The “ungaya” value possessed by traditional leaders in the past was also a significant factor in sustaining constituents’ respect.
A leader has to put emphasis on the “ungaya” or giving importance on the welfare and common good of the community. This value motivates people to do good to others even if they do not hold political influence. However, the value of ungaya is seldom seen in most Maguindanaon societies nowadays.
Most of the participants said that some of the current leaders in Maguindanao have taken for granted this important value. Some leaders are now focusing on the welfare of their own families and clans.
The emergence of new leaders. There are new emerging leaders from different sectors of our society. Some of them are not coming from the traditional leaders’ lineage.
These are individuals who have gained advanced education, and have succeeded in their career and business endeavors. These new leaders are also effective because they have integrity and that people believe in them. Combining the influence of the tradition and modernity, young leaders are now knowledgeable with tools and updated in important current events that are crucial to the life and welfare of their people.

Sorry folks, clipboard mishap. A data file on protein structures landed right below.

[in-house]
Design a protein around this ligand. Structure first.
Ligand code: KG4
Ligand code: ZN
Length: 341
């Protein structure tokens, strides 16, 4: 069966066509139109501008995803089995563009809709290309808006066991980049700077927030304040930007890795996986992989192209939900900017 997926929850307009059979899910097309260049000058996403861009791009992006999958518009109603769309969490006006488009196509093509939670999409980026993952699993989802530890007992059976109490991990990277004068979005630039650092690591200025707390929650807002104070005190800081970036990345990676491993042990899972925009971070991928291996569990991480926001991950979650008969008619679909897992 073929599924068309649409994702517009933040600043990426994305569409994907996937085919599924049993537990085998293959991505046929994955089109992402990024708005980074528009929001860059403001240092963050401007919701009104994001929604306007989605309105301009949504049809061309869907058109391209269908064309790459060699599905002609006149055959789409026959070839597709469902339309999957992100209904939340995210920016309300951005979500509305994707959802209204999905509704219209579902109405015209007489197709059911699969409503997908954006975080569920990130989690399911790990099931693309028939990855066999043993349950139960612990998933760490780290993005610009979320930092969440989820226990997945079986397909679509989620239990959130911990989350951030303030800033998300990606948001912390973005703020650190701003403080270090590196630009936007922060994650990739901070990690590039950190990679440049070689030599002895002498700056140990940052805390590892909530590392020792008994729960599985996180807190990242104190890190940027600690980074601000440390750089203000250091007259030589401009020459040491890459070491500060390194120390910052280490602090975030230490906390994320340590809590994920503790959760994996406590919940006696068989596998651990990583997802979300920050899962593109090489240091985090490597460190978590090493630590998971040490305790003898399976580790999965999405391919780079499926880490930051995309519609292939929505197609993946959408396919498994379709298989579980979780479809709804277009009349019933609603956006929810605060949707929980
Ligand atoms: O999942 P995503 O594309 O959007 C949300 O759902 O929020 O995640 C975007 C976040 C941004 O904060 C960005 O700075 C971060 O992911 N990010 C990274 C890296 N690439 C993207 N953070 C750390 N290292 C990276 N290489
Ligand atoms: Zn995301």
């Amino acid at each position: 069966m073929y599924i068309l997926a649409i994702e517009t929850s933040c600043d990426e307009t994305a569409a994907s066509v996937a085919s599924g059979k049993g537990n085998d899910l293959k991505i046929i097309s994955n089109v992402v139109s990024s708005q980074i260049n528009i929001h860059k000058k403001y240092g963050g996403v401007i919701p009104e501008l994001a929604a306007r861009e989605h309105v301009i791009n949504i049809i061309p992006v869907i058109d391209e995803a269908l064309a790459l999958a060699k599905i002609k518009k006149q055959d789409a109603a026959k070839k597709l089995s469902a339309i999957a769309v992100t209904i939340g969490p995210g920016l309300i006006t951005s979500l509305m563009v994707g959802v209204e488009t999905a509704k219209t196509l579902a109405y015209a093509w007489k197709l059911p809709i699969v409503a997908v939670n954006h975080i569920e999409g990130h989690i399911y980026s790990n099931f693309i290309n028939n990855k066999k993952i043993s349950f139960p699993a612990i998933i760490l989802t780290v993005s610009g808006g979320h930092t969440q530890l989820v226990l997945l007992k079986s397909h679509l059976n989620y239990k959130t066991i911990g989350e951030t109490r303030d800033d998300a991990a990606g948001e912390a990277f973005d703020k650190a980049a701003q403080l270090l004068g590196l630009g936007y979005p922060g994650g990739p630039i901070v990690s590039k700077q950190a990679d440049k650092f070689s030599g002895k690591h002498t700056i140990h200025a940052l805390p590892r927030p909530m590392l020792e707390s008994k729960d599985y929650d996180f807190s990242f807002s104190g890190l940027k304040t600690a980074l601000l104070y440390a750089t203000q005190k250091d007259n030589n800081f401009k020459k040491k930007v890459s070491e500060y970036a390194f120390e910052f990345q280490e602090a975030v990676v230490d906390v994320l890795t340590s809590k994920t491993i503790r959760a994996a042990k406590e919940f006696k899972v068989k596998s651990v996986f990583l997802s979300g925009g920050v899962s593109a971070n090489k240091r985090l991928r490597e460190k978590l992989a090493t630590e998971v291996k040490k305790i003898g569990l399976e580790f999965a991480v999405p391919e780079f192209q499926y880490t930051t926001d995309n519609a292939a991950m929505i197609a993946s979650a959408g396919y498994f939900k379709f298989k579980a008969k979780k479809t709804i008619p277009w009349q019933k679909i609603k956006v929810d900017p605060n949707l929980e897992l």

Disconnect between the BBL and the current traditional leaders. At present, traditional leaders are hardly engaged in most of the significant stages of the Bangsamoro peace process particularly in the discussion of the Bangsamoro Basic Law. Some of them expressed apprehension on the BBL as the previous peace agreement with the Moro National Liberation Front (MNLF) is still not fully fulfilled.
The conversation series ended by challenging the participants to continue nurturing a culture of dialogue and reflection on common themes or issues by which the different Moro tribes can come together. It also challenged the participants to instill the importance of education, traditional values and the sense of belongingness among the youth.
The participants also shared a common hope to sustain the roles of traditional leaders as mediators, as role models in the preservation of traditional values and in fostering unity among the diverse tribes of the Bangsamoro. And finally, a dialogue between traditional leaders and mainstream political leaders must be encouraged, for them to work together for the common good and welfare of the Bangsamoro people.